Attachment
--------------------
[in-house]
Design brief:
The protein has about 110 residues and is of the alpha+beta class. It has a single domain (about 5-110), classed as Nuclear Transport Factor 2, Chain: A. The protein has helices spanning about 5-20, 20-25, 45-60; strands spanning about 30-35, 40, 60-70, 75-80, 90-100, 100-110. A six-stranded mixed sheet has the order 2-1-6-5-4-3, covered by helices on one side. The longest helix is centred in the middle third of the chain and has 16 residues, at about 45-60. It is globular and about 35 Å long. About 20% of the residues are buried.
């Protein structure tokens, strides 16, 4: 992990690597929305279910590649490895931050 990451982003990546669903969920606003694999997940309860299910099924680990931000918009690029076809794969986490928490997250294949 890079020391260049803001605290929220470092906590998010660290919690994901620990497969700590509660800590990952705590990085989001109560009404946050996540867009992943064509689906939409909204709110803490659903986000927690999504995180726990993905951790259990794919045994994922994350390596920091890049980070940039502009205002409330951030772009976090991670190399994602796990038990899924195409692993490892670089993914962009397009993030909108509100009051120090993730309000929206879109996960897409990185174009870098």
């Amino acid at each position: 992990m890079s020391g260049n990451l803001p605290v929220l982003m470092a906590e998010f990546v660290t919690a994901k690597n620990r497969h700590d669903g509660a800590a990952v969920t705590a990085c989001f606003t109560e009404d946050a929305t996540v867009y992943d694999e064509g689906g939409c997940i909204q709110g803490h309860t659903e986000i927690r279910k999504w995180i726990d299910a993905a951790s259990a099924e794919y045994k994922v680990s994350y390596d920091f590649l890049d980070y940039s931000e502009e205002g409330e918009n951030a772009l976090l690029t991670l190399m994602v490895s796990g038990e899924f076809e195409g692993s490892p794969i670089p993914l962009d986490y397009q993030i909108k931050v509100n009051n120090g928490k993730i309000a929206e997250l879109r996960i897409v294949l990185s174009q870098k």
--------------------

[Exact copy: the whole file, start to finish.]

[in-house]
Design brief:
The protein has about 110 residues and is of the alpha+beta class. It has a single domain (about 5-110), classed as Nuclear Transport Factor 2, Chain: A. The protein has helices spanning about 5-20, 20-25, 45-60; strands spanning about 30-35, 40, 60-70, 75-80, 90-100, 100-110. A six-stranded mixed sheet has the order 2-1-6-5-4-3, covered by helices on one side. The longest helix is centred in the middle third of the chain and has 16 residues, at about 45-60. It is globular and about 35 Å long. About 20% of the residues are buried.
């Protein structure tokens, strides 16, 4: 992990690597929305279910590649490895931050 990451982003990546669903969920606003694999997940309860299910099924680990931000918009690029076809794969986490928490997250294949 890079020391260049803001605290929220470092906590998010660290919690994901620990497969700590509660800590990952705590990085989001109560009404946050996540867009992943064509689906939409909204709110803490659903986000927690999504995180726990993905951790259990794919045994994922994350390596920091890049980070940039502009205002409330951030772009976090991670190399994602796990038990899924195409692993490892670089993914962009397009993030909108509100009051120090993730309000929206879109996960897409990185174009870098």
């Amino acid at each position: 992990m890079s020391g260049n990451l803001p605290v929220l982003m470092a906590e998010f990546v660290t919690a994901k690597n620990r497969h700590d669903g509660a800590a990952v969920t705590a990085c989001f606003t109560e009404d946050a929305t996540v867009y992943d694999e064509g689906g939409c997940i909204q709110g803490h309860t659903e986000i927690r279910k999504w995180i726990d299910a993905a951790s259990a099924e794919y045994k994922v680990s994350y390596d920091f590649l890049d980070y940039s931000e502009e205002g409330e918009n951030a772009l976090l690029t991670l190399m994602v490895s796990g038990e899924f076809e195409g692993s490892p794969i670089p993914l962009d986490y397009q993030i909108k931050v509100n009051n120090g928490k993730i309000a929206e997250l879109r996960i897409v294949l990185s174009q870098k």